Breaking ChatGPT’s Bitcoin FUD #10: Mainstream Acceptance – part 1

Breaking ChatGPT’s Bitcoin FUD #10: Mainstream Acceptance - part 1...

Breaking ChatGPT’s Bitcoin FUD #10: Mainstream Acceptance

Vlad Costea's "Breaking FUD" series continues finishes with the 10th "top threat" to Bitcoin according to ChatGPT. Perhaps Bitcoin never gains mainstream acceptance. What does Vlad think about that? Read on to know...

On to the segment from the e-magazine "BTCTKVR 3: Breaking FUD", released May 2023.

"Breaking ChatGPT’s Bitcoin FUD #10 part 1: Mainstream Acceptance

According to ChatGPT, the fact that bitcoin still didn’t reach mainstream acceptance among businesses and individuals is a big issue. Presumably, this is a threat for the entire Bitcoin project. And while I agree that creating demand for the currency by offering products and services in exchange for it is an integral part of building an economy, I still believe that the AI model’s expectations are unrealistic and this piece of FUD is silly.

To better explain why I’m not taking ChatGPT’s FUD about mainstream acceptance too seriously at this point, I’m going to have to define mainstream acceptance (or adoption). A first definition concerns nation state adoption, which El Salvador and the Central African Republic pioneered. The second definition focuses on bottom-up grassroots adoption, which is more significant and ideologically aligned with the mission of the Bitcoin project. It includes businesses, individuals, and everything in between which concerns the private sector.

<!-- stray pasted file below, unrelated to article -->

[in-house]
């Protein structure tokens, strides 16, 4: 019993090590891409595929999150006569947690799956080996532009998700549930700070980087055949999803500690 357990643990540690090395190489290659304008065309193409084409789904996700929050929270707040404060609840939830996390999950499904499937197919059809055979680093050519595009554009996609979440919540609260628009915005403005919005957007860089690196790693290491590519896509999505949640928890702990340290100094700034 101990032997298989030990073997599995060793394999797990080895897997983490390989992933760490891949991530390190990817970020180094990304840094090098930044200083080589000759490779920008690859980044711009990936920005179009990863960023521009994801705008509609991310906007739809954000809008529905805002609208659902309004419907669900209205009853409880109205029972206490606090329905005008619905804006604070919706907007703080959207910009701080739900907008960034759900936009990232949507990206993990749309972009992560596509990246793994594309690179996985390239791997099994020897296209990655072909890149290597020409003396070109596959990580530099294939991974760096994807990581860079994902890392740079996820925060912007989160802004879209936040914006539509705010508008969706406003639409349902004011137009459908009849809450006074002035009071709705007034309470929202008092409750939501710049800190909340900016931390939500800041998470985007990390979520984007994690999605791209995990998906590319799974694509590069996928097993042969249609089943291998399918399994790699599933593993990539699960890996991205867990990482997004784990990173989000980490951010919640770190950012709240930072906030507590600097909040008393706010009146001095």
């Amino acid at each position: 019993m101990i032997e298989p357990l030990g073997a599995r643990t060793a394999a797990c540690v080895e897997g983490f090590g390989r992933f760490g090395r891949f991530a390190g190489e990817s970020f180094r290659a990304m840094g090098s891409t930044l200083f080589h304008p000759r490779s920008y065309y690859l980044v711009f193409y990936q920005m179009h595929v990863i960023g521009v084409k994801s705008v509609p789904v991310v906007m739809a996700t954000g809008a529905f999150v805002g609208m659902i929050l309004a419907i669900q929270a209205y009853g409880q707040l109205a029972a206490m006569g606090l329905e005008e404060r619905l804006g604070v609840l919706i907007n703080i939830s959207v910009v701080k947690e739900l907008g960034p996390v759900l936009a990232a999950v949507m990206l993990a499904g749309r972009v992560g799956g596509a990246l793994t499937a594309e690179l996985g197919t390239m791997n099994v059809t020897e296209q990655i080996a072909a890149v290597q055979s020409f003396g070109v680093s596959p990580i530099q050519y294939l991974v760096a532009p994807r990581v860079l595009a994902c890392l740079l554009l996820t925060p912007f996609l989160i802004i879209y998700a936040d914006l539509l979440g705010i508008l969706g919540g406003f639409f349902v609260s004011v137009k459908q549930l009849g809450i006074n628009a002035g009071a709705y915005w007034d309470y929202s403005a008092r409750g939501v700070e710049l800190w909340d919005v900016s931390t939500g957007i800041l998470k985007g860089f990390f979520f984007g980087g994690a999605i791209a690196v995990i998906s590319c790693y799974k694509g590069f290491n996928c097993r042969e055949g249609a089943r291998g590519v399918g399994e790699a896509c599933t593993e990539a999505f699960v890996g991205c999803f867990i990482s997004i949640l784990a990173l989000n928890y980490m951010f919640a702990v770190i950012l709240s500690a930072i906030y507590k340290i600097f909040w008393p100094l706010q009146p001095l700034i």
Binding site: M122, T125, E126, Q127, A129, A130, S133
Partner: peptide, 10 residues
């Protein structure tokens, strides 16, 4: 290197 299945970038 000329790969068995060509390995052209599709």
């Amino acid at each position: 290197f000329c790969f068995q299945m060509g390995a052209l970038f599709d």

Is Bitcoin such a failure or disappointment in terms of nation state adoption? Well, let’s compare it with the two biggest fiat currencies in the world: the US dollar and the euro. The US dollar was first conceptualized on July 6th 1792, and it took another 6 years and 9 months until it became the United States of America’s official currency through the Coinage Act of 1792. However, it wasn’t until 1944 that the dollar became the world reserve currency – 152 years since launch and approximately 158 years since the first announcement.

In the case of the euro, it’s the result of decades of discussions about a single European currency to challenge the US dollar’s supremacy. It was first announced on February 7th 1992 as part of the Maastricht Treaty, and it became an official currency in 11 European countries at once on the first day of January 1999. Due to the fact that the German mark was already a reserve currency worldwide, the euro instantly inherited this property. As of May 2023, Bitcoin has only been around for 14 years and 4 months. 12 years into its existence, it became an official currency in El Salvador.

The Central African Republic also embraced bitcoin in April 2022, but gave up on it only a year later. Though this adoption happened in a top-down manner, the use of bitcoin is not enforced by the states – meaning that using bitcoin is legal for all types of payments, but the government won’t use its monopoly on violence to coerce merchants and banks to accept bitcoin. In the case of the euro, the Italians, Spaniards and Germans had no choice but to exchange their lira, pesetas and marks for the new currency that they were obligated to use in all transactions. In comparison, this first wave of nation state-level bitcoin adoption is much more voluntary.

But Bitcoin wasn’t created to serve governments of nation states. It exists as a way for individuals to opt out from tyranny and escape the consequences of central bank-driven inflation. The intended purpose of the project was made clear by creator Satoshi Nakamoto in the network’s first block: “Chancellor on the brink of second bailout for banks” – a direct quote from the front page of The Times, a British newspaper which made a headline out of Chancellor Alistair Darling’s decision to save the banks at the expense of all taxpayers on the same day that Bitcoin launched.